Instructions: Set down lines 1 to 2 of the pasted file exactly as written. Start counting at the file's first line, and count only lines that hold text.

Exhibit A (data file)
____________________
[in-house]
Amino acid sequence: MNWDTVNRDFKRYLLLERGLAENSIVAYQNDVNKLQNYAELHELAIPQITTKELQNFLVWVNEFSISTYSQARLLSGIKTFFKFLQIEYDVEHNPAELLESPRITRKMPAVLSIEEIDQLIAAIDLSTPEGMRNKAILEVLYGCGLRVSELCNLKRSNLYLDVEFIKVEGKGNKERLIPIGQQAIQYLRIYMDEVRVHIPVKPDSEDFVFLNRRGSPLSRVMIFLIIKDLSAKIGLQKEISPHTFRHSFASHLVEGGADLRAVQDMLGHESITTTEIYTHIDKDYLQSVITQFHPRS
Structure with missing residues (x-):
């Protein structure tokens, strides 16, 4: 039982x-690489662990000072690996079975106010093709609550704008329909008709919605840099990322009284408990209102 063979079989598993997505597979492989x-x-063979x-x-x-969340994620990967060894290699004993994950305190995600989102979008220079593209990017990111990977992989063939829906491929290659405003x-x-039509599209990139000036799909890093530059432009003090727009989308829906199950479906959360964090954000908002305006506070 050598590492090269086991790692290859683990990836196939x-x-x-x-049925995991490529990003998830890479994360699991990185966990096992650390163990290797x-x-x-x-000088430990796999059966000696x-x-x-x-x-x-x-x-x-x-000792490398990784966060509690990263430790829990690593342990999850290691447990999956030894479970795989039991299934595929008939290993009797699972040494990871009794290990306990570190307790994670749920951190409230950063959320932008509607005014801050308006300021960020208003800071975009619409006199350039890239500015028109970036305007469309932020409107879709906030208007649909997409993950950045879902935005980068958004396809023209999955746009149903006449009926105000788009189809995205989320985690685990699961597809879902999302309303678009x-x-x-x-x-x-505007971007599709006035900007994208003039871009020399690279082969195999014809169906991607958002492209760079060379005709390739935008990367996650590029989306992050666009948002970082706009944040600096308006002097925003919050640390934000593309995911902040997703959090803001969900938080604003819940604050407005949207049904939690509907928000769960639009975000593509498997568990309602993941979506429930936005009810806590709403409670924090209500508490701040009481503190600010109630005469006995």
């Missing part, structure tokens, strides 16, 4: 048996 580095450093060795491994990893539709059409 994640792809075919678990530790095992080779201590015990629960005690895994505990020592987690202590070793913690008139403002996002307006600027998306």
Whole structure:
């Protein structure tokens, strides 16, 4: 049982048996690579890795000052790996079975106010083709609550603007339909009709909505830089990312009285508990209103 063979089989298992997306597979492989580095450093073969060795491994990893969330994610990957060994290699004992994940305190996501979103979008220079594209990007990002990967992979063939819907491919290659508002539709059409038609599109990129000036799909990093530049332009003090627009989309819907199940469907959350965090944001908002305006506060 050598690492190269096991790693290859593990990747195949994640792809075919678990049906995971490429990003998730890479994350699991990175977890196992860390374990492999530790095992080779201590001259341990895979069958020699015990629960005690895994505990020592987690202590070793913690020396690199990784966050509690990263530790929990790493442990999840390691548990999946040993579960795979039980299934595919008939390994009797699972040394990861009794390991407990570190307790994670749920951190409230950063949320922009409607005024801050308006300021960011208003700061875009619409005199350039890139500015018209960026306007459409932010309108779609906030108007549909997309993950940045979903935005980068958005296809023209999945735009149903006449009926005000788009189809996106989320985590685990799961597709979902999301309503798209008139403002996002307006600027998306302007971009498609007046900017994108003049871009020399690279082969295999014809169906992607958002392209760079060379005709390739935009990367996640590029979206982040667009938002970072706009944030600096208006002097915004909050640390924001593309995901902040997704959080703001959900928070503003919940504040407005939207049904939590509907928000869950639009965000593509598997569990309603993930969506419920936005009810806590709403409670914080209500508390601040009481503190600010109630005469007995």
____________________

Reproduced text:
[in-house]
Amino acid sequence: MNWDTVNRDFKRYLLLERGLAENSIVAYQNDVNKLQNYAELHELAIPQITTKELQNFLVWVNEFSISTYSQARLLSGIKTFFKFLQIEYDVEHNPAELLESPRITRKMPAVLSIEEIDQLIAAIDLSTPEGMRNKAILEVLYGCGLRVSELCNLKRSNLYLDVEFIKVEGKGNKERLIPIGQQAIQYLRIYMDEVRVHIPVKPDSEDFVFLNRRGSPLSRVMIFLIIKDLSAKIGLQKEISPHTFRHSFASHLVEGGADLRAVQDMLGHESITTTEIYTHIDKDYLQSVITQFHPRS